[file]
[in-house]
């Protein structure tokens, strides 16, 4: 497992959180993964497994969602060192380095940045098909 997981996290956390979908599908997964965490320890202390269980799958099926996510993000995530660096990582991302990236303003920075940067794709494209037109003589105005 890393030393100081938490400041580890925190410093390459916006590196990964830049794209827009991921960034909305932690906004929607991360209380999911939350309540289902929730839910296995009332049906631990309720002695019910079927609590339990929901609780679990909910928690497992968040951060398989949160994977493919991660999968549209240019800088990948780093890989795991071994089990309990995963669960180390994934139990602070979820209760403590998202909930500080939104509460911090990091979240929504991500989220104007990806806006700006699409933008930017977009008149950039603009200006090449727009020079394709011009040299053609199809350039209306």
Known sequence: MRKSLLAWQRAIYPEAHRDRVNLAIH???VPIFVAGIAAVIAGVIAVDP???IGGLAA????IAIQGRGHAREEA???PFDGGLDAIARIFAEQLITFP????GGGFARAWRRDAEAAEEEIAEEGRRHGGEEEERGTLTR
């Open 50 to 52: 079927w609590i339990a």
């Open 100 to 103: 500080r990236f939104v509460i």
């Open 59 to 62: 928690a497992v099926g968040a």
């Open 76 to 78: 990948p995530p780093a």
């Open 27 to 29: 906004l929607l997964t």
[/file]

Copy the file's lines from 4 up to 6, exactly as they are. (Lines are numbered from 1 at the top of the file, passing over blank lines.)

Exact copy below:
């Open 50 to 52: 079927w609590i339990a």
């Open 100 to 103: 500080r990236f939104v509460i």
């Open 59 to 62: 928690a497992v099926g968040a």